The proposed Urban Waters program is an initiative being spearheaded by local community leaders, with interest from UW and UWT. Such a program would provide leading research on cleaning and maintaining urban waterways like Commencement Bay, offer student learning opportunities and have the potential to attract significant federal funding.

“Through the UWT’s environmental science department and the Urban Waters project, we have a unique opportunity to strengthen our economy and improve our environment through higher education and research,” Bottiger said.

“The Port of Tacoma Chair will be a tremendous asset for the University of Washington, Tacoma and comes at a critical time in the development of the campus and the region when major investments can bring new initiatives to fruition, providing huge benefit to our community,” says Ray Tennison, president of Simpson Investment Company and chair of the UWT capital campaign. “It is also the first leadership investment in the public phase of UW Tacoma’s $30 million capital campaign, part of the $2 billion CAMPAIGN UW.”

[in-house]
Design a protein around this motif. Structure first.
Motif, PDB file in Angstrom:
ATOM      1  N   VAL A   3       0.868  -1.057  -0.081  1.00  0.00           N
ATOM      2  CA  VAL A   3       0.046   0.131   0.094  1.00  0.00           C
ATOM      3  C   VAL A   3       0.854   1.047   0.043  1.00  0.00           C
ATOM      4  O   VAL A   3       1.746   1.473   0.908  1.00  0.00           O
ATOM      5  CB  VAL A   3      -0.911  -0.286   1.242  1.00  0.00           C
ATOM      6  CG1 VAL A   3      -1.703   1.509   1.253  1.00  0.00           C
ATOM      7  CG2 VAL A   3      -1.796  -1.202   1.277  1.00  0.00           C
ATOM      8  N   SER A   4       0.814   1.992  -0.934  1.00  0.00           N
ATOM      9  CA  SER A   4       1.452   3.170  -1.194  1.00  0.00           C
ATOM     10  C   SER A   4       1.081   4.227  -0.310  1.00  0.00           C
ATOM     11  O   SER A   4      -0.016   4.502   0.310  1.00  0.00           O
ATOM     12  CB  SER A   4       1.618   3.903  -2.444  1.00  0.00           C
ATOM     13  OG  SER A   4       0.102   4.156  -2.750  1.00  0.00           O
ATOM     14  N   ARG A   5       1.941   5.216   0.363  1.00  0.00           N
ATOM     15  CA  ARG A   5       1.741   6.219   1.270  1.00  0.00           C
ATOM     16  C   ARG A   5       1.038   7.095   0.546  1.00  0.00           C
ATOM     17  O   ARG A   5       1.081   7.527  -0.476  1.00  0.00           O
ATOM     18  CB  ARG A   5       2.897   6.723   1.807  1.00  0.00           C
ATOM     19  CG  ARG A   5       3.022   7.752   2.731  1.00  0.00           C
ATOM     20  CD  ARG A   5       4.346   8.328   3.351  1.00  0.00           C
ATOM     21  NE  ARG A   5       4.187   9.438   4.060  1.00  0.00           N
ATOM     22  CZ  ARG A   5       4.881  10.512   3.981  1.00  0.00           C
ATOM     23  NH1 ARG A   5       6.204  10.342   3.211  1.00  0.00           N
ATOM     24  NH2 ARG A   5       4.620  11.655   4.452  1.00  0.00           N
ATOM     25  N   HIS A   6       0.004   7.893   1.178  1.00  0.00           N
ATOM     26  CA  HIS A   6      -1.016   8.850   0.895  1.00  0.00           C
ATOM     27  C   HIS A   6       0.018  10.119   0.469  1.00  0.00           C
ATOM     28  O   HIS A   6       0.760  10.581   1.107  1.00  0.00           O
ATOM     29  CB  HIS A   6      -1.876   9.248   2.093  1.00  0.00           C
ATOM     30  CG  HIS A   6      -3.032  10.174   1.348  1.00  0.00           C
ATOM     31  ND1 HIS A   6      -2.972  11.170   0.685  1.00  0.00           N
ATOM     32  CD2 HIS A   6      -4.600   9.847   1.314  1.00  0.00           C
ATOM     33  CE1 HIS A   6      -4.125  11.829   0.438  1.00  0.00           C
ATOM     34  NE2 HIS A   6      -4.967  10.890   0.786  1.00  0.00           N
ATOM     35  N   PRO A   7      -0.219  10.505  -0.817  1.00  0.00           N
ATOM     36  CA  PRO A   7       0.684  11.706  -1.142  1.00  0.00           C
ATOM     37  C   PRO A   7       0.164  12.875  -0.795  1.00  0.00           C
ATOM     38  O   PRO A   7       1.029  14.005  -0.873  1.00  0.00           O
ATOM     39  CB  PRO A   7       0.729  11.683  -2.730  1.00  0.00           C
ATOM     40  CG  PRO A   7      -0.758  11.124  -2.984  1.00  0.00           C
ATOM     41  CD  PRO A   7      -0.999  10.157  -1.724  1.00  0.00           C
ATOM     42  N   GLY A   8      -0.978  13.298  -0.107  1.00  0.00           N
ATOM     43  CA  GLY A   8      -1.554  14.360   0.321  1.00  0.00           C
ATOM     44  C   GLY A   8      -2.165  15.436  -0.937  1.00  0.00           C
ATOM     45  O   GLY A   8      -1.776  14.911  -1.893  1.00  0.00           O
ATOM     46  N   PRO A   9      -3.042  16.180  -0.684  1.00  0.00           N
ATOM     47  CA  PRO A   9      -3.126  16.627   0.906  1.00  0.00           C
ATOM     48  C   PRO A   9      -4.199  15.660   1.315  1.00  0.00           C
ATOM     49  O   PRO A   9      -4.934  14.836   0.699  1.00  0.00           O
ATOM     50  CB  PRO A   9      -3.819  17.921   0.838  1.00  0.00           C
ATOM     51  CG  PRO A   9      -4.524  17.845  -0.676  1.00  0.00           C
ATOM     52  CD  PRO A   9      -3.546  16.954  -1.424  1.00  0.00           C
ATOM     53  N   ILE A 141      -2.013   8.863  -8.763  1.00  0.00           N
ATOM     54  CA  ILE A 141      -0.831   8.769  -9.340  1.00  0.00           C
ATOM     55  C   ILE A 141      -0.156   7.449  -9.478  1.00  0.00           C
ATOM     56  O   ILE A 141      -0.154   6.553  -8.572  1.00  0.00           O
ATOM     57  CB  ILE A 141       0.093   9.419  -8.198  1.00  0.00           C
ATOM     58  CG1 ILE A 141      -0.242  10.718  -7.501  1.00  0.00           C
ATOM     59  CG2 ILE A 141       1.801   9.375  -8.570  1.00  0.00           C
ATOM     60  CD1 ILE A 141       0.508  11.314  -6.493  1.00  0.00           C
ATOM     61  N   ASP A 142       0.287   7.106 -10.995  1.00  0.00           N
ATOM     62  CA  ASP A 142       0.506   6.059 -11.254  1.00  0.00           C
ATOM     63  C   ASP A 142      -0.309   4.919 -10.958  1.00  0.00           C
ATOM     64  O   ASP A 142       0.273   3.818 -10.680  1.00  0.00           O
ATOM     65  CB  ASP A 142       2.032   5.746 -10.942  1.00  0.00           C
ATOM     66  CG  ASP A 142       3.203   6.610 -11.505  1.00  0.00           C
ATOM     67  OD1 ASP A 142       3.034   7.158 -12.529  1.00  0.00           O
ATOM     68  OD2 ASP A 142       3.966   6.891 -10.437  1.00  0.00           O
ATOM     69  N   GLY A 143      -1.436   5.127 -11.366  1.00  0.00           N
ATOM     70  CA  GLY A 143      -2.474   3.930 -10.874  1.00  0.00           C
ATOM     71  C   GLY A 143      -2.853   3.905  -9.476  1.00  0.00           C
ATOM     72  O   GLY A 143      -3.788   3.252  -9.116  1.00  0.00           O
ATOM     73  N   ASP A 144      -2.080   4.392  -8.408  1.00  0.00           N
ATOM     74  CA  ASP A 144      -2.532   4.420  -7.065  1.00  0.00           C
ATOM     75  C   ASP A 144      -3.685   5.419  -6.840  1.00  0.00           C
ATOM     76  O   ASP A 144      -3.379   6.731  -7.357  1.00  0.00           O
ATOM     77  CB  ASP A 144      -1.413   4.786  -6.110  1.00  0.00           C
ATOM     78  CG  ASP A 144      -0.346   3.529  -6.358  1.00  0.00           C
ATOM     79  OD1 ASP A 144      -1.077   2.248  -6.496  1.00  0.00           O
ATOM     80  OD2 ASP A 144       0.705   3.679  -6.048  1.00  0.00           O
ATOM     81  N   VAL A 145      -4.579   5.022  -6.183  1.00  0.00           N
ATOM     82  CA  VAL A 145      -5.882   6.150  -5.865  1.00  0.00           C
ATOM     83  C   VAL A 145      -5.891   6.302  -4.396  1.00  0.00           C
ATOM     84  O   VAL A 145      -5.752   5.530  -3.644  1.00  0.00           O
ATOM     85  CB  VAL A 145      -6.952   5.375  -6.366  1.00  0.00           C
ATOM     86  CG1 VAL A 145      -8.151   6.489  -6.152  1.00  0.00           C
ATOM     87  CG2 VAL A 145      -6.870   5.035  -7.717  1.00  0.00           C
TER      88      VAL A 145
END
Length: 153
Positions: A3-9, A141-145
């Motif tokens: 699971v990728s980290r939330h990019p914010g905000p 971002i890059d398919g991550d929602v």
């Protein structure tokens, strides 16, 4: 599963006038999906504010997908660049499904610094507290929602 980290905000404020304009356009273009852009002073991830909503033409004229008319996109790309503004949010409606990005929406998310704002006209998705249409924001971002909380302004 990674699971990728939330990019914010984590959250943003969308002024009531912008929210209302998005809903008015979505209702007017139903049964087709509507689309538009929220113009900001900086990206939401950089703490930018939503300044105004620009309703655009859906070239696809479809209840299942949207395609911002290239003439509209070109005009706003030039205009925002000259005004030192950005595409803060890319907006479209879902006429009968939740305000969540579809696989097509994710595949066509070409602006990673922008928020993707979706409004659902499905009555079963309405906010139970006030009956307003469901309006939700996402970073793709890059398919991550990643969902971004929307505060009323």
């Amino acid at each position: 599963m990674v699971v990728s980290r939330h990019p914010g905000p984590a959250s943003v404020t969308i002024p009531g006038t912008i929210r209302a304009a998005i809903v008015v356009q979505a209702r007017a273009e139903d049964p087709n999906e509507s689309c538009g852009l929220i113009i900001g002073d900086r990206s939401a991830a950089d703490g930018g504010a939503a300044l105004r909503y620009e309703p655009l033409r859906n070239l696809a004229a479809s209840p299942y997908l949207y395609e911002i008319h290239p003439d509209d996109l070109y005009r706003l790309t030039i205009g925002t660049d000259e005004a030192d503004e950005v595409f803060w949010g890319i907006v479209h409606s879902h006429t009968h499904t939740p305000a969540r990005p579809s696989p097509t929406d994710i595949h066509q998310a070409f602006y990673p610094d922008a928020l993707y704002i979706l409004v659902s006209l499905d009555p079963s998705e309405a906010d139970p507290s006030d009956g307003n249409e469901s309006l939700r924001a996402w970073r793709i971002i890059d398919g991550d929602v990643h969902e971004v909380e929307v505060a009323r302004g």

Interest income will be generated in perpetuity from the $1.5 million permanent endowment. That income will allow UW Tacoma to supplement the salary of a faculty position to create a more competitive recruitment package than is possible with state dollars alone. That, in turn, will make it possible to attract a nationally recognized scholar in a field of interest to the Port.

UW Tacoma already has a strong, if relatively small team of environmental scientists on the faculty. In the spring of 2004, that group was honored with one of the UW’s coveted and highly competitive Brotman Awards, which recognize excellence in undergraduate teaching and learning and that come with special funding that totals $35,000 distributed to the year’s winning programs. The addition of a distinguished environmental expert would enhance the UW Tacoma scientists’ ability to address South Puget Sound environmental issues.

“As I look at this community, the Port and UWT are two of the major economic drivers. An investment of this magnitude, in support of such a well-conceived partnership, is great news because it steers us toward success in achieving some major economic objectives, particularly our long-term goals for job creation and our ongoing need to focus on maintaining a clean environment, which is one of our region’s most important resources,” said Bruce Kendall, President and CEO of the Tacoma-Pierce County Economic Development Board.